Children of Tien-Shan provides essential services to Kyrgyz kids during COVID-19

By Maria Creamer | July 21, 2020 | Europe & Eurasia | Freedom from Violence & Exploitation, Youth Empowerment

Irina Trofimova founded Children of Tien-Shan two decades ago in Balykchy, a town in western Kyrgyzstan, to provide critical shelter and counseling for children and youth at risk of, or experiencing, neglect and abuse. Because of COVID-19, the organization has had to shift its approach.

Under Irina’s guidance, Children of Tien-Shan works to match the children into safe and caring homes. The organization also provides support to struggling families, helping them to develop the skills to deal effectively with their problems and to keep the family together. Unfortunately, like many GFC partners, Children of Tien-Shan has had to shift its programmatic approach in response to the coronavirus pandemic.

A group of children supported by Children of Tien-Shan. © GFC

The organization’s approach to rehabilitation and family reunification has been significantly delayed due to COVID-19, forcing many young people and families to endure unstable – and often unsafe – family environments. Families that had been growing stronger with Children of Tien-Shan’s personal development programs found themselves once again in precarious circumstances.

“Since many families survived on daily earnings, with the loss of work and the lack of opportunity to earn money, they became more vulnerable. In such urgent situations, it was almost impossible to use the development approach – it was just necessary to help people to survive,” Irina explained.

Since the coronavirus pandemic emerged in Kyrgyzstan, Children of Tien-Shan has had to pivot away from its usual programs and instead is monitoring the effects of the virus on the local community, especially children and youth. Irina shared that quarantine and self-isolation have negatively affected the mental and physical health of young people.

First, many children and youth were already navigating trauma or difficulties within their family homes. The stay-at-home order helps protect children from the virus, but quarantine has exacerbated many existing issues – and in some cases, these issues have prompted young people to take their own lives.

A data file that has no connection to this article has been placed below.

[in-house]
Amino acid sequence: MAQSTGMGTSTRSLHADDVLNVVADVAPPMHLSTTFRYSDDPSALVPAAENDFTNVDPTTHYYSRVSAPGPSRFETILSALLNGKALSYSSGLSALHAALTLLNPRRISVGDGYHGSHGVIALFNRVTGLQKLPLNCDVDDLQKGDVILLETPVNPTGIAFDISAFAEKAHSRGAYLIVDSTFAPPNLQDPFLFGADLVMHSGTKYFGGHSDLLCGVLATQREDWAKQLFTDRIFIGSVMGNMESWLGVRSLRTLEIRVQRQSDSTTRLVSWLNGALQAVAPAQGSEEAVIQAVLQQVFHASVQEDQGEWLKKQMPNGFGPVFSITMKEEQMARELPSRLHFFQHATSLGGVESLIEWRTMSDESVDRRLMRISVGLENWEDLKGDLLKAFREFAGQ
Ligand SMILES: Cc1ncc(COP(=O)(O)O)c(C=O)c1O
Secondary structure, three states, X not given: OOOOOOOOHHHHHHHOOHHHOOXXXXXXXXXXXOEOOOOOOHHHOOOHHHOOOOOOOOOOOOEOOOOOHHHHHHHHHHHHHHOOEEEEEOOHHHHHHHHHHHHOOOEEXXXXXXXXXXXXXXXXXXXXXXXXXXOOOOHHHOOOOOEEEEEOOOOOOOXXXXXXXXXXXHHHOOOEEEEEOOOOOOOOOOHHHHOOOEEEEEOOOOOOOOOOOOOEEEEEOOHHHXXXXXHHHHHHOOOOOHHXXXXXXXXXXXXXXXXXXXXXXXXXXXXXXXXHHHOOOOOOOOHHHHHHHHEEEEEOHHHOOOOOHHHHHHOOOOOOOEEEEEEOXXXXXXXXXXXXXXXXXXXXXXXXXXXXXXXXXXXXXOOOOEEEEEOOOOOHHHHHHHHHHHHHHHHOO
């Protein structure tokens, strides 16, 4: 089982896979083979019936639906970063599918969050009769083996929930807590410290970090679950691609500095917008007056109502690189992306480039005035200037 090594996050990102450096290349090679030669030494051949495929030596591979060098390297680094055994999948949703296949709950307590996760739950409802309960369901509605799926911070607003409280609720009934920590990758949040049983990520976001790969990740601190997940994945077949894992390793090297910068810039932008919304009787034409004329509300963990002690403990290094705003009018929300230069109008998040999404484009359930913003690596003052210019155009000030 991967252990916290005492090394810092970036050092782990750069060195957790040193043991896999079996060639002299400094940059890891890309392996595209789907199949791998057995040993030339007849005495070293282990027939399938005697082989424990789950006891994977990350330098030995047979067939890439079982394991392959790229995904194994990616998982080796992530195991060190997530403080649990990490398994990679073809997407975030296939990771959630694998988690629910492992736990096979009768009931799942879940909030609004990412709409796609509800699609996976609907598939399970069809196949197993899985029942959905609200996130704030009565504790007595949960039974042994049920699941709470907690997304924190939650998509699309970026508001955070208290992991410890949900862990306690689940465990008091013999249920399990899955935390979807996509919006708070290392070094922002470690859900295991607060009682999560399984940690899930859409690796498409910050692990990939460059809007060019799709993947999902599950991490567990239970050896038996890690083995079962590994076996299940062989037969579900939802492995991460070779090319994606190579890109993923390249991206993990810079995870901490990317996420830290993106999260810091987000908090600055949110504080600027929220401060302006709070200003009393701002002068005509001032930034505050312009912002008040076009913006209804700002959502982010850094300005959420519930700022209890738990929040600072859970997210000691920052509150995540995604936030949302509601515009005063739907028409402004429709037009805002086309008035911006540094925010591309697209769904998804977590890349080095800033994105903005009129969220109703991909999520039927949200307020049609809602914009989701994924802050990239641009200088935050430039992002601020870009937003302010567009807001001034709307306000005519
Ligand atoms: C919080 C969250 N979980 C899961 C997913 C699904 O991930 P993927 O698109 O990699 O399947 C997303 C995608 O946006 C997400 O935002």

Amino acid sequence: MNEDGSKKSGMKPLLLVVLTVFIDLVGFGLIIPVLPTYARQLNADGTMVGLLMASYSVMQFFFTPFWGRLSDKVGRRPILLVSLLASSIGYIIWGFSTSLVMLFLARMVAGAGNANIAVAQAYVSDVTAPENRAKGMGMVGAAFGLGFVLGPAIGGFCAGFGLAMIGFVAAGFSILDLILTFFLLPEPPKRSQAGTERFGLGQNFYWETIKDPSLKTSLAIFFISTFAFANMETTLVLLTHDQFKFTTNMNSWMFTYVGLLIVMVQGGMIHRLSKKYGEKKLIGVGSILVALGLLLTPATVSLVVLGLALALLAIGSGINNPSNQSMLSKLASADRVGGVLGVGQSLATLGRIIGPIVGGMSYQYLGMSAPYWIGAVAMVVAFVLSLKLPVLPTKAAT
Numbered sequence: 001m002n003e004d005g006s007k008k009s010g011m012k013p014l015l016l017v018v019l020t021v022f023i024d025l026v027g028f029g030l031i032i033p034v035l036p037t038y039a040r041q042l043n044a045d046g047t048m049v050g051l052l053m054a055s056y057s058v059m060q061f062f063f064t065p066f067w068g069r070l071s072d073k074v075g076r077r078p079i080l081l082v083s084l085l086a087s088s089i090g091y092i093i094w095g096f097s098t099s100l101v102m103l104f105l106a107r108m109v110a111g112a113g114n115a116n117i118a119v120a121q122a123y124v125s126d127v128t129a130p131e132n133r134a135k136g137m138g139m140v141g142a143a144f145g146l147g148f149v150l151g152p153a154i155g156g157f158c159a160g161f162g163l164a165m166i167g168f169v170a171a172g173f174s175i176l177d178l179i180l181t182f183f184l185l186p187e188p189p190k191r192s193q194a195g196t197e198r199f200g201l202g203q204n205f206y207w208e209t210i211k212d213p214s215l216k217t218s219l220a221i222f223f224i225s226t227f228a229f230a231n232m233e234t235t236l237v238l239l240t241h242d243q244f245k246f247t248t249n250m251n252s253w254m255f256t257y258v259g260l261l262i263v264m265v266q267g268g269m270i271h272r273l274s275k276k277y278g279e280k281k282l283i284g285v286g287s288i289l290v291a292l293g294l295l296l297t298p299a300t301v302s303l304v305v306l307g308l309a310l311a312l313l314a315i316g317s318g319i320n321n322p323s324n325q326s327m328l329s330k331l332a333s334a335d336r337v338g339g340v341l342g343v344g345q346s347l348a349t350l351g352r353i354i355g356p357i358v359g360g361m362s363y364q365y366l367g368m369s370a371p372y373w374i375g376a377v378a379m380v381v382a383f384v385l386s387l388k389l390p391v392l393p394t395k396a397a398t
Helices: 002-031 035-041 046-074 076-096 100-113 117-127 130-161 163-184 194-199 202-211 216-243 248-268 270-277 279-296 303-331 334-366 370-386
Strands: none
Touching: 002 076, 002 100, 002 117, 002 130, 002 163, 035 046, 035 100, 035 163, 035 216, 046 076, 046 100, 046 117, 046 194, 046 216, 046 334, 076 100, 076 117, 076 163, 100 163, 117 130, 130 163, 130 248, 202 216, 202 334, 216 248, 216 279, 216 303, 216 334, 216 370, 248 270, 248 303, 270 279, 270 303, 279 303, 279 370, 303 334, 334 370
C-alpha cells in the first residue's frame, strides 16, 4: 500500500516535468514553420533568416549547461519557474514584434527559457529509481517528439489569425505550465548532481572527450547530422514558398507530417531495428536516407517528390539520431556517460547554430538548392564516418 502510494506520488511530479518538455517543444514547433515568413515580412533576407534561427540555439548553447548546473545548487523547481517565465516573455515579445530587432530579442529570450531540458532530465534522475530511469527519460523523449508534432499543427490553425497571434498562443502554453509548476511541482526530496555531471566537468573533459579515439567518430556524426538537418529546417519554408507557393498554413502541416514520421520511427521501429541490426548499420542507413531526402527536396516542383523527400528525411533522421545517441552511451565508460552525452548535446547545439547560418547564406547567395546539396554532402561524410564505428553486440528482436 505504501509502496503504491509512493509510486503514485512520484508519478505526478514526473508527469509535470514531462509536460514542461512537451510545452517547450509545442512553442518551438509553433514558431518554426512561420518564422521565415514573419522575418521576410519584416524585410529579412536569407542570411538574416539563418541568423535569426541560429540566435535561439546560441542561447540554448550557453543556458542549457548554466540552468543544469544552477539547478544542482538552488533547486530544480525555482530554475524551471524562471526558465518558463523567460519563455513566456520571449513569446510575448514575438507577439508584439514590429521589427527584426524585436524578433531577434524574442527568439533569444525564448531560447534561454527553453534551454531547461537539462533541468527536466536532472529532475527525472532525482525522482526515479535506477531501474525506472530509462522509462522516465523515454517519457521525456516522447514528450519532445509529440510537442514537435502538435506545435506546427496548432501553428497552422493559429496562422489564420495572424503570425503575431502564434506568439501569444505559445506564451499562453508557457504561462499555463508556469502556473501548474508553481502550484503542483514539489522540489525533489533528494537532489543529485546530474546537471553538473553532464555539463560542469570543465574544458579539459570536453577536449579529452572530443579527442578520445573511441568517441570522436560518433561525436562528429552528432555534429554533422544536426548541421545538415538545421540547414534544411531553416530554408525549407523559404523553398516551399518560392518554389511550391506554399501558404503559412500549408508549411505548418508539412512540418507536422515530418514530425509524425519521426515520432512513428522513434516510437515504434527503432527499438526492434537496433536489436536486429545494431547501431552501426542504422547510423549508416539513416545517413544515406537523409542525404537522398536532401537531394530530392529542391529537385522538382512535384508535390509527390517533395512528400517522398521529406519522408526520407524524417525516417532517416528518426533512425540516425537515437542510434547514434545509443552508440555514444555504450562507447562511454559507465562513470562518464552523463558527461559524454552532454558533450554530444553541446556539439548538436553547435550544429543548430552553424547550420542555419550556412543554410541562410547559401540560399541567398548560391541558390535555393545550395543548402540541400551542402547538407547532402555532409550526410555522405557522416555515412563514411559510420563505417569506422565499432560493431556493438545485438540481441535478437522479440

Second, many families and schoolchildren are struggling with distance learning. Not only are families having to restructure their livelihoods, but many cannot afford the necessary learning tools to keep up with the school curriculum.

“Many families do not have access to the internet because it is very expensive here and they cannot afford it. Sometimes they do not have money to buy food, not to mention internet, and even if the children could have access to lessons via TV, they do not have the means to send their homework to their teachers,” Irina said.

Many families received food and hygiene kits from Children of Tien-Shan. © GFC

With the permission of the local mayor’s office, and while observing the necessary safety measures, Children of Tien-Shan has been able to conduct regular visits to distribute food and hygiene kits and provide general wellness checks with a certified social worker. Both kinds of kits have been crucial, since the prices for essential goods have risen, and many household earners are currently unemployed. The food kits include staple ingredients such as flour, vegetable oil, rice, pasta, sugar, cans of stewed meat, condensed milk, and tea.

“We have collected more than 150 food packages with the most necessary food products,” Irina said. “Separately, we delivered hygiene supplies and medicines (vitamins, acetaminophen, etc.).”

As Kyrgyzstan potentially enters the pandemic’s second wave, families fear they will not be able to put food on the table. Teenagers who graduated from school do not know if they will be able to continue their studies or find work. However, Irina and her team continue to provide hope amid the uncertainty.

“There is an understanding that if not us, then who? All this will pass; the restoration will come. Yes, it is a long process, but we are all one human race and we all face this tragedy. We need to help each other to survive,” Irina said.

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